As Booth’s hub for people tackling complex social and environmental problems, the Rustandy Center for Social Sector Innovation is working to help these Booth students positively impact humanity and our planet. Together with Career Services, the Rustandy Center for Social Sector Innovation helps students explore careers in the social sector.
The Rustandy Center reached out to Haven Leeming, MBA ’18, MPP ’18, a program officer at Walton Personal Philanthropy Group, to learn about her Booth experience and some of the programs and resources that helped her pursue a career in social impact.
Why did you decide to come to Booth to pursue a career in social impact?
I looked for an MBA program that was strong both in managerial decision making and in how the firm operates in society. As a professional in philanthropy, I think about how—or if—business can advance social change. Sure, many people will argue that corporations only report to their shareholders, but I thrive at the intersection between policy and business. I knew Booth would provide me with both a background on the market and a strong curriculum on the non-market environment, and a joint degree from the University of Chicago’s Harris School of Public Policy would provide me with a background on policy. It also helped that in both campuses I could tailor-create my curriculum to focus on classes that would augment my career in philanthropy.
From the first day I stepped into Booth’s Harper Center, as soon as I mentioned that I was interested in social impact, everyone from second years to professors to staff to fellow first years suggested I spend time at the Rustandy Center. It was terrific advice!
What is your career background and were you always interested in the social impact space?
When I was little, I would say that I wanted to change the world. That ambition may be a bit naïve, but because of it I’ve spent my career in philanthropy. I am committed to bettering our communities to ensure that everyone can reach their full human potential. Prior to graduate school, I worked at the IDP Foundation, Inc., a small family foundation, and The Chicago Community Trust, the region’s community foundation.
Are there any experiences that stick out to you as especially important while at Booth?
During my first quarter, before accounting class one morning a fellow student asked me if I was planning to apply for the Global Social Impact Practicum (GSIP) course for that winter. Not knowing what GSIP was, I quickly looked up the course and immediately fell in love. I applied and was accepted, and that experience truly shaped my Booth trajectory. Caroline Grossman, an adjunct assistant professor of strategy and director of programs at the Rustandy Center, who taught the Booth social impact lab course, tailored the class to give students on-the-ground research experience and encourage collaboration between policy and practical business skills. I learned more about building a business model and projected income statements from my fellow Boothies in that course than through my traditional courses. The work we did in that lab course best prepared me for what I’m doing now.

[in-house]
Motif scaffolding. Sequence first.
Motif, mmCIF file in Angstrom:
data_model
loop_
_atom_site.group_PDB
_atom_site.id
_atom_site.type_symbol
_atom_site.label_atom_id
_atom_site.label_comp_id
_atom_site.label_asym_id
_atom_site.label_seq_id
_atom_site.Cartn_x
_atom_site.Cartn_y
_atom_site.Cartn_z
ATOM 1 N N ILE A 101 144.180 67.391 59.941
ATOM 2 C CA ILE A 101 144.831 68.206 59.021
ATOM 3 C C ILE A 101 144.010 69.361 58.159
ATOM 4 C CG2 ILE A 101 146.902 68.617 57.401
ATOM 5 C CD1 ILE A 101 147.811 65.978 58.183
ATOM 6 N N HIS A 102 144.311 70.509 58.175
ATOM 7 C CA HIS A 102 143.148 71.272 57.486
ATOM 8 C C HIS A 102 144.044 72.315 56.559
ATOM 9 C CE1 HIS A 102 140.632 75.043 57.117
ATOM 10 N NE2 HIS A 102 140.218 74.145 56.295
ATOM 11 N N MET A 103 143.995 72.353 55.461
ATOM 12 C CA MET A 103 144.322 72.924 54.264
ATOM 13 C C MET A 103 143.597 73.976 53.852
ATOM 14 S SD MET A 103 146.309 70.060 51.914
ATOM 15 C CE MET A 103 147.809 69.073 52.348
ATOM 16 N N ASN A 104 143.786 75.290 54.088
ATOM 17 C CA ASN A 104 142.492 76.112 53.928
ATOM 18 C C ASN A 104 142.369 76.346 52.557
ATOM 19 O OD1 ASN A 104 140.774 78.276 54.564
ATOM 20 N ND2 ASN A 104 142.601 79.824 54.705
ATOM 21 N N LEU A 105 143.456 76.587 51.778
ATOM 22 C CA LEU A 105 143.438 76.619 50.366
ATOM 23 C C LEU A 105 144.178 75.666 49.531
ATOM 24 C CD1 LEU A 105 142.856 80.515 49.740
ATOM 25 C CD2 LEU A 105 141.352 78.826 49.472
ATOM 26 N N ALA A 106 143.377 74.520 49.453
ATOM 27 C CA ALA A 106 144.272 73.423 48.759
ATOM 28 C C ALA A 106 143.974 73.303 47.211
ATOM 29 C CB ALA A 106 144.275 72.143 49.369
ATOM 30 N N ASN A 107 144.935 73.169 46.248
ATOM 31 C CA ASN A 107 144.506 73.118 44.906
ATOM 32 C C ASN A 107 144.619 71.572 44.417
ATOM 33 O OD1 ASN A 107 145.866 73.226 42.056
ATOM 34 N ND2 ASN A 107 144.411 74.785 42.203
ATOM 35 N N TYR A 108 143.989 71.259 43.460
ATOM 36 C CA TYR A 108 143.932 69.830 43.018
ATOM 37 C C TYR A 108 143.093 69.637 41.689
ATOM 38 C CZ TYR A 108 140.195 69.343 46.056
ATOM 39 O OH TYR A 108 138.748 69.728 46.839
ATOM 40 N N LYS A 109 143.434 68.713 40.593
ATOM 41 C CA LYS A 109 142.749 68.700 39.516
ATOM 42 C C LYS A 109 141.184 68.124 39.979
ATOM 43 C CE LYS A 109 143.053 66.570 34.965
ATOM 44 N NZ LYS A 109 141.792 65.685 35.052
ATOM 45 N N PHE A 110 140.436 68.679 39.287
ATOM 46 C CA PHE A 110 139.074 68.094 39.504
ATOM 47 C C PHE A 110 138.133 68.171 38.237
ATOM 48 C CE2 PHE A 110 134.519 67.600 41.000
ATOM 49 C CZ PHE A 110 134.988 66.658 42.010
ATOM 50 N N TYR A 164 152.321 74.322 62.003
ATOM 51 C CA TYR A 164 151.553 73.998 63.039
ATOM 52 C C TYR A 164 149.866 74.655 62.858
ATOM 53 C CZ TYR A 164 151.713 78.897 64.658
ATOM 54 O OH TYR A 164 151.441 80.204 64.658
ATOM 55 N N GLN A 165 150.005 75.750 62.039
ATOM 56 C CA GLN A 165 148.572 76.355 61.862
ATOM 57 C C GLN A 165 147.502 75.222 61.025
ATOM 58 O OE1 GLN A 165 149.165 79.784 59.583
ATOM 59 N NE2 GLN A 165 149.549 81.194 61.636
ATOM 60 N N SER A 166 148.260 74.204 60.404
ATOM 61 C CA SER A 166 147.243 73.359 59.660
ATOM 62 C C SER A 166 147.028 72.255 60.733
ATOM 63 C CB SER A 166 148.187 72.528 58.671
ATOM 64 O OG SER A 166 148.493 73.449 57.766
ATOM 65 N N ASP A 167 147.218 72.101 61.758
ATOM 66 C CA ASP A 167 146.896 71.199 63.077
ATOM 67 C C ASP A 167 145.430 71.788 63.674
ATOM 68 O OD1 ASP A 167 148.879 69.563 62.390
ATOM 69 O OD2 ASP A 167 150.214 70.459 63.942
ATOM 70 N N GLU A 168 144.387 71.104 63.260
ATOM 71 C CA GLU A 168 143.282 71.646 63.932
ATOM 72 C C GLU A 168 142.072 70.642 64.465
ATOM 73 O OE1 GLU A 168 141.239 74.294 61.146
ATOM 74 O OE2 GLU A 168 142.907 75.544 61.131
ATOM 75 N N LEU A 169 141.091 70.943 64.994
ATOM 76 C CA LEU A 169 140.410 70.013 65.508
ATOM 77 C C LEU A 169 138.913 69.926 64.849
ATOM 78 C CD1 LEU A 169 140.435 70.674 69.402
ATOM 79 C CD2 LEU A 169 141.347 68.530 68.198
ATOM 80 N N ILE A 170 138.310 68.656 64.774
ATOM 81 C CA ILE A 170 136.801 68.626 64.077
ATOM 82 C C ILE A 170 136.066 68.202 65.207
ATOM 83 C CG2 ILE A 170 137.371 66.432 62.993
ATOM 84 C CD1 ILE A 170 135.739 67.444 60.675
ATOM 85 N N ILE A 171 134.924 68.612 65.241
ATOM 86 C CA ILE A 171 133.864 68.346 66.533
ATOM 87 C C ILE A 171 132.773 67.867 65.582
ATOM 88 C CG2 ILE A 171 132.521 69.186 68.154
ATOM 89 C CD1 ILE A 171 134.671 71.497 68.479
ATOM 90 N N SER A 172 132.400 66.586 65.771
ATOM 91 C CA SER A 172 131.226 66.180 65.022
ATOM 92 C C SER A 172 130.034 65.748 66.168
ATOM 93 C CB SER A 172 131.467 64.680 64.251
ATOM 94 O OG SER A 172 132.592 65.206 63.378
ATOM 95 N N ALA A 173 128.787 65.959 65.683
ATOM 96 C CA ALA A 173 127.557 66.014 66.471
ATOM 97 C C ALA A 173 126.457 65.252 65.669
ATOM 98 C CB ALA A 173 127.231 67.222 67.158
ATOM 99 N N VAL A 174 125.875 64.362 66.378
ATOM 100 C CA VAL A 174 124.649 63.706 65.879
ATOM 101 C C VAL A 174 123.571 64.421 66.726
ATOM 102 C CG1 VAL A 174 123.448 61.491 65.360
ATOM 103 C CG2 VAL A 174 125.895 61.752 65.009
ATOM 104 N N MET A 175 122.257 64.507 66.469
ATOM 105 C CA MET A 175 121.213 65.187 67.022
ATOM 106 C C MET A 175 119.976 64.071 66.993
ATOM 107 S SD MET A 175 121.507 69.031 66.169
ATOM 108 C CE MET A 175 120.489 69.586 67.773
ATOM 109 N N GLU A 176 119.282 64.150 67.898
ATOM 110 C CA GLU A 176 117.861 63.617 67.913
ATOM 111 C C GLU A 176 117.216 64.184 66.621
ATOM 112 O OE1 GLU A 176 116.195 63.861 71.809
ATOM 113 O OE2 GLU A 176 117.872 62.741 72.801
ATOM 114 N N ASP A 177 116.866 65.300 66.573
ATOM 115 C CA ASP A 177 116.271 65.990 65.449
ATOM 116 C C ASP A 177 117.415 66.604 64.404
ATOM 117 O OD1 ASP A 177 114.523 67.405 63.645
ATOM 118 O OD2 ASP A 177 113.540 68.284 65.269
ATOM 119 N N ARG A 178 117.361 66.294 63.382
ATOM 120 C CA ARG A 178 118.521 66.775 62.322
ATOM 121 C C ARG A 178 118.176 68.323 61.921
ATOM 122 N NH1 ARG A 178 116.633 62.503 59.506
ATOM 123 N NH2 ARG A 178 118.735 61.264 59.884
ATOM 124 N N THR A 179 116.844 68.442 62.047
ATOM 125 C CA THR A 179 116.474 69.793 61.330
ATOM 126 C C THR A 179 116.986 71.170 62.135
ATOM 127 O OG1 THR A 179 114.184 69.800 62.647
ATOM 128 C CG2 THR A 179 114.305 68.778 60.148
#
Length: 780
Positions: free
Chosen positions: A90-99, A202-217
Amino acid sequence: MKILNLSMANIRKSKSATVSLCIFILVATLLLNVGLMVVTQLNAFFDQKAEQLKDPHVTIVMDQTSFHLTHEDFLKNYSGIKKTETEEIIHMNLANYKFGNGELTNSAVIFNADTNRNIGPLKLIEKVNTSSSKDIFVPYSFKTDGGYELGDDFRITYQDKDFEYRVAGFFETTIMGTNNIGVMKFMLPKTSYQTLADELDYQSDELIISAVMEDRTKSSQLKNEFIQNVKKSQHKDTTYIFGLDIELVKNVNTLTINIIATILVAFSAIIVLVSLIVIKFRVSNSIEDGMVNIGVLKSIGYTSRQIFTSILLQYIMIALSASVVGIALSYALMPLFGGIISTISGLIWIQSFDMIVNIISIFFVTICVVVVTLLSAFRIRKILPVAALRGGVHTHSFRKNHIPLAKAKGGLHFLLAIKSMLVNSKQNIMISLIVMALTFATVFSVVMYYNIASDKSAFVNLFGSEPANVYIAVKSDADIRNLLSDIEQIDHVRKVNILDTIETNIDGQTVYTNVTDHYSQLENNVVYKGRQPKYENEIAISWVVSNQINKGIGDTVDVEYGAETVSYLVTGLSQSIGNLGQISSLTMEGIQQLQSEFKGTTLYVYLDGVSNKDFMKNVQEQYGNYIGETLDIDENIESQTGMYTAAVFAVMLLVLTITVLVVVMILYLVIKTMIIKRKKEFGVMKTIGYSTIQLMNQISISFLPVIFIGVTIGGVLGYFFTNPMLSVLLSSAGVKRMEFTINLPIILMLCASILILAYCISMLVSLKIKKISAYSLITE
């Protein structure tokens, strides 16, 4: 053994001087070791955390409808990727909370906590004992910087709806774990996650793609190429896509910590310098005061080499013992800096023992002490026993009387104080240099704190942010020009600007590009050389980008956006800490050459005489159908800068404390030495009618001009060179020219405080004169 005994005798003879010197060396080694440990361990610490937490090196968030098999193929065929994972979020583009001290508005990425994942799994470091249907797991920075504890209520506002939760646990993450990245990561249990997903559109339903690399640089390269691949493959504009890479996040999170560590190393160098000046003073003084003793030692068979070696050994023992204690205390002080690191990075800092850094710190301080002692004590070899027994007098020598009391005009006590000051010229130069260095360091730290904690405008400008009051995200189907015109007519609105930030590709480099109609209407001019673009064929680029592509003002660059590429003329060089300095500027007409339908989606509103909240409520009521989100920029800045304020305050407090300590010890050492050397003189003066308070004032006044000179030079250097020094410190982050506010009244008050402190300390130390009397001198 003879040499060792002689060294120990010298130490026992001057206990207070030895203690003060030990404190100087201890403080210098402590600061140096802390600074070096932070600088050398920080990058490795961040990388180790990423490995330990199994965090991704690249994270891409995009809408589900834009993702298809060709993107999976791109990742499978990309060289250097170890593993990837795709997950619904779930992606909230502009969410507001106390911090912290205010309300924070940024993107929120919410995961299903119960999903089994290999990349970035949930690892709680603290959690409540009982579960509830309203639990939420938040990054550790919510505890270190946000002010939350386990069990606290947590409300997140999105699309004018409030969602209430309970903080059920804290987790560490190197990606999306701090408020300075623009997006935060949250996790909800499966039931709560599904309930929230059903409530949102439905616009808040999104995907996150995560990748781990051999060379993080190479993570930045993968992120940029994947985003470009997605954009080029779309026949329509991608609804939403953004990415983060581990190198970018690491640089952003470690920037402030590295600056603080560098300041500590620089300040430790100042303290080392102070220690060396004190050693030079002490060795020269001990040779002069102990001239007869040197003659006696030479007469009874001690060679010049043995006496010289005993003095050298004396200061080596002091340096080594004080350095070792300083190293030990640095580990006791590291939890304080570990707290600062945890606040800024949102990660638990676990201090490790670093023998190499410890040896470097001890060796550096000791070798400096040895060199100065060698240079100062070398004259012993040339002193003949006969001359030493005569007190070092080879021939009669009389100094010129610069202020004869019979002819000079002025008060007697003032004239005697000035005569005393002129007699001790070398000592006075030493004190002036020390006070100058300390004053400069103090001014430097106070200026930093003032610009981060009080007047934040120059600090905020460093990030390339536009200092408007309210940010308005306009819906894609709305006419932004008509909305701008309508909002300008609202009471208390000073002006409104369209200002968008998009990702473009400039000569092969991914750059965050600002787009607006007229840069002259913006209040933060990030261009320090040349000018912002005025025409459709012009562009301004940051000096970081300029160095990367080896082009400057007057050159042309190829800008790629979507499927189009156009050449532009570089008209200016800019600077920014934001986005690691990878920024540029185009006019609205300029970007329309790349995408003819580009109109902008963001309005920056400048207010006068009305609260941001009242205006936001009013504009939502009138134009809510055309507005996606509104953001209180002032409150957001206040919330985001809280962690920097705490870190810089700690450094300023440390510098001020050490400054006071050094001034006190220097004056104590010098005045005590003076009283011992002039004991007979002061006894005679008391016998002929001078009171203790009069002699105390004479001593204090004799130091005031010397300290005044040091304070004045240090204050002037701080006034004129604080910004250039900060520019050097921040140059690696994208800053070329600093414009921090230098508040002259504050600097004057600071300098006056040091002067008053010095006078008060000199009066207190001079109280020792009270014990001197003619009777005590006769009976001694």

We're willing to bet there's another experience that stood out while at Booth. Any other notable moments?
Yes, during my final quarter, I knew I had to end my Booth experience with another social impact lab course supported by the Rustandy Center, and I took the Scaling Social Innovation Search Lab taught by Christina Hachikian, adjunct associate professor of strategy and also executive director of the center. In the course, student groups identify a policy-related issue in Chicago, scan the landscape for an innovative nonprofit, and then propose how to scale that nonprofit to Chicago.
It felt like I was back at work, which I say as the highest compliment: through the class I was able to practice and flex my business skills in an environment that made me feel like a philanthropist.
How did your time here help you reach your short- and long-term career goals?
I wanted to leave graduate school and work as a program officer at a foundation, collaborating with thought leaders and donors to build and/or catalyze programs to benefit Chicago’s neighborhoods. I do that now—I am helping an individual build his new foundation, focusing on food access and environmental awareness. Every day in my job I combine what I learned at Booth and Harris, whether it’s performing due diligence for a potential PRI in a food distribution enterprise or advising a nonprofit grantee how to increase their earned revenue while also staying true to its mission. Just the other day, I brainstormed with a partner how he could best scale his nonprofit to another market!
What aspect of Booth culture do you appreciate most?
The social impact community at Booth is strong and proud—and I was so grateful for my fellow classmates who were committed to this space. The sense of camaraderie fueled me while recruiting; I always knew I could talk to my fellow Net Impact members and get advice on potential networking opportunities or helpful events to attend. I also had productive meetings with Madeline (King) Hannigan, ’17, who was a social impact Career Advisor, a peer-to-peer career guidance program offered by Booth’s Career Services.
People often asked “why do you want an MBA to work in philanthropy?” I think the nonprofit landscape is just as complex as the corporate landscape, and I’m grateful that Booth set me up with the critical thinking skills to allow me to most positively affect my nonprofit partners.